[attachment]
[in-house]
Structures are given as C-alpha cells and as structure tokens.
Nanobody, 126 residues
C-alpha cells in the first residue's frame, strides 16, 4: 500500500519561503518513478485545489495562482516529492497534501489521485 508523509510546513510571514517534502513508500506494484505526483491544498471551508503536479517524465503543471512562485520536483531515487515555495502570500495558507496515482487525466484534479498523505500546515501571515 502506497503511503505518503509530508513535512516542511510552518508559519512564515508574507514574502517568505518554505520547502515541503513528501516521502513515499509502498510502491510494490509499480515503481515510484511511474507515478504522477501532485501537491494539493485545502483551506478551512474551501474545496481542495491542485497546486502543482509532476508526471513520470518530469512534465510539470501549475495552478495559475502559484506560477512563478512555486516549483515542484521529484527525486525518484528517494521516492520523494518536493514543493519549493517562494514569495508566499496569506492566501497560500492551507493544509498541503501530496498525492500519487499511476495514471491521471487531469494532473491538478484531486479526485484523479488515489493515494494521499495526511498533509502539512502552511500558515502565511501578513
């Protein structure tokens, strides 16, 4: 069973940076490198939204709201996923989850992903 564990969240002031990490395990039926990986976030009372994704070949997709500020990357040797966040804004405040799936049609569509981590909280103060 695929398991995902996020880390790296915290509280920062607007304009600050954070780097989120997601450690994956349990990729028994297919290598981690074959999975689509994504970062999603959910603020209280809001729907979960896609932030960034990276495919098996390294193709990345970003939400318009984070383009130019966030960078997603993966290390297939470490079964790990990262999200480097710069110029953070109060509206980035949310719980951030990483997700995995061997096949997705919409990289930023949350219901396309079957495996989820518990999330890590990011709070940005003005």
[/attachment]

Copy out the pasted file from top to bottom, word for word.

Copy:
[in-house]
Structures are given as C-alpha cells and as structure tokens.
Nanobody, 126 residues
C-alpha cells in the first residue's frame, strides 16, 4: 500500500519561503518513478485545489495562482516529492497534501489521485 508523509510546513510571514517534502513508500506494484505526483491544498471551508503536479517524465503543471512562485520536483531515487515555495502570500495558507496515482487525466484534479498523505500546515501571515 502506497503511503505518503509530508513535512516542511510552518508559519512564515508574507514574502517568505518554505520547502515541503513528501516521502513515499509502498510502491510494490509499480515503481515510484511511474507515478504522477501532485501537491494539493485545502483551506478551512474551501474545496481542495491542485497546486502543482509532476508526471513520470518530469512534465510539470501549475495552478495559475502559484506560477512563478512555486516549483515542484521529484527525486525518484528517494521516492520523494518536493514543493519549493517562494514569495508566499496569506492566501497560500492551507493544509498541503501530496498525492500519487499511476495514471491521471487531469494532473491538478484531486479526485484523479488515489493515494494521499495526511498533509502539512502552511500558515502565511501578513
């Protein structure tokens, strides 16, 4: 069973940076490198939204709201996923989850992903 564990969240002031990490395990039926990986976030009372994704070949997709500020990357040797966040804004405040799936049609569509981590909280103060 695929398991995902996020880390790296915290509280920062607007304009600050954070780097989120997601450690994956349990990729028994297919290598981690074959999975689509994504970062999603959910603020209280809001729907979960896609932030960034990276495919098996390294193709990345970003939400318009984070383009130019966030960078997603993966290390297939470490079964790990990262999200480097710069110029953070109060509206980035949310719980951030990483997700995995061997096949997705919409990289930023949350219901396309079957495996989820518990999330890590990011709070940005003005």